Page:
Drought impacts on vegetation in the pre- and post-fire events over Iberian Peninsula
Gouveia C.M., Bastos A., Trigo R.M., DaCamara C.C.
Natural Hazards Earth System Sciences, 12, 3123-3137, 2012, doi:10.5194/nhess-12-3123-2012
The present work aims to study the combined effect of drought and large wildfires in the Iberian Peninsula relying on remotely sensed data of vegetation dynamics and leaf moisture content, in particular monthly NDVI, NDWI and NDDI time series from 1999-2009, derived from VEGETATION dataset. The impact of the exceptional 2004/2005 drought on vegetation was assessed for vegetation recovering from the extraordinary fire season of 2003 and on the conditions that contributed to the onsetting of the fire season of 2005. Drought severity was estimated by the cumulative negative effect on photosynthetic activity (NDVI) and vegetation dryness (NDDI), with about 2/3 of Iberian Peninsula presenting vegetative stress and low water availability conditions, in spring and early summer of 2005. Furthermore, NDDI has shown to be very useful to assess drought, since it combines information on vegetation and water conditions. Moreover, we show that besides looking at the inter-annual variability of NDVI and NDDI, it is useful to evaluate intraannual changes (NDVI and NDDI), as indicators of change in vegetation greenness, allowing a detailed picture of the ability of the different land-cover types to resist to short-term dry conditions.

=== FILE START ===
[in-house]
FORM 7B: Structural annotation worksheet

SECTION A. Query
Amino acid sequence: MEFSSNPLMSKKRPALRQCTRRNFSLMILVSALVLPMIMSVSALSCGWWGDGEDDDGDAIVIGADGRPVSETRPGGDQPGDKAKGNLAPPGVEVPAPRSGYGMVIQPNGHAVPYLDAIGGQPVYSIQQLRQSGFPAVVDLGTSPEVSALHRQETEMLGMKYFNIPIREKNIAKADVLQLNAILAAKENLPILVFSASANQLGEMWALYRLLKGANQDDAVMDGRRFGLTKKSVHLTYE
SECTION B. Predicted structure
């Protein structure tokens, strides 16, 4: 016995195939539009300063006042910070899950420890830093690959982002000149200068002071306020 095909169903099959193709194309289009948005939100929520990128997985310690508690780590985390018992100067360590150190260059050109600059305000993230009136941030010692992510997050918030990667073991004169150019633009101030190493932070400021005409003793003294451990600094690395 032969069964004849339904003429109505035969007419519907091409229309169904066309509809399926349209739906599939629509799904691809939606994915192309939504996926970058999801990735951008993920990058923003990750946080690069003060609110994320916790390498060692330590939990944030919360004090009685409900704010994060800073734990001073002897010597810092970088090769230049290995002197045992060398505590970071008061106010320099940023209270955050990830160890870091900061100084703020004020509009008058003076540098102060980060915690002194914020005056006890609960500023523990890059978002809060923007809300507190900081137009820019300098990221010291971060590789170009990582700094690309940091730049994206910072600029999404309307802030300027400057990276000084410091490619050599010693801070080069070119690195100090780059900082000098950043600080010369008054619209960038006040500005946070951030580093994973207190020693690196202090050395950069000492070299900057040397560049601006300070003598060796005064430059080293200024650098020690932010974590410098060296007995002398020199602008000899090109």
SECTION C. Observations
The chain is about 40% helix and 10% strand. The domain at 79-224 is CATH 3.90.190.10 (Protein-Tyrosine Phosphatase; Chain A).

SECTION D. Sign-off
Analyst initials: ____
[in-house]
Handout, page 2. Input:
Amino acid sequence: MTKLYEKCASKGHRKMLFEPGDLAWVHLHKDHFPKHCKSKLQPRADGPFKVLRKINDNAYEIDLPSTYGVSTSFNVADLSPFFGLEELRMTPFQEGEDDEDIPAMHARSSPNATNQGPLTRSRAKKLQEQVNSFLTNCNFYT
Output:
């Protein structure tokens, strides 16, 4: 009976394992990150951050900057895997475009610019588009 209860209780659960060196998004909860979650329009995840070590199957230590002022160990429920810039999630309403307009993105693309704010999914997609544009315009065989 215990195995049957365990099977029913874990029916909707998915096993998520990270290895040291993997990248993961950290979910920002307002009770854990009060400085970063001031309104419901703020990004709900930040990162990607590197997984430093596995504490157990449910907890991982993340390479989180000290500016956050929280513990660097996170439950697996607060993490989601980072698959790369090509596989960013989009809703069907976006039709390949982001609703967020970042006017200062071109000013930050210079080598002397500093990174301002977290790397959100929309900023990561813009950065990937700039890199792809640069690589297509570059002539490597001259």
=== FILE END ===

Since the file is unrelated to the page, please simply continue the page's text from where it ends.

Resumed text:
In order to assess drought impact on post-fire regeneration, recovery times were evaluated by a mono-parametric model based on NDVI data and values corresponding to drought months were set to no value. Drought has shown to delay recovery times for several months in all the selected scars from 2003.
The analysis of vegetation dynamics and fire selectivity in 2005 suggests that fires tended to occur in pixels presenting lower vegetative and water stress conditions during spring and early summer months. Additionally, pre-fire vegetation dynamics, in particular vegetation density and water availability during spring and early summer, has shown to influence significantly the levels of fire damage. These results stress the role of fuel availability in fire occurrence and impact on the Iberian Peninsula.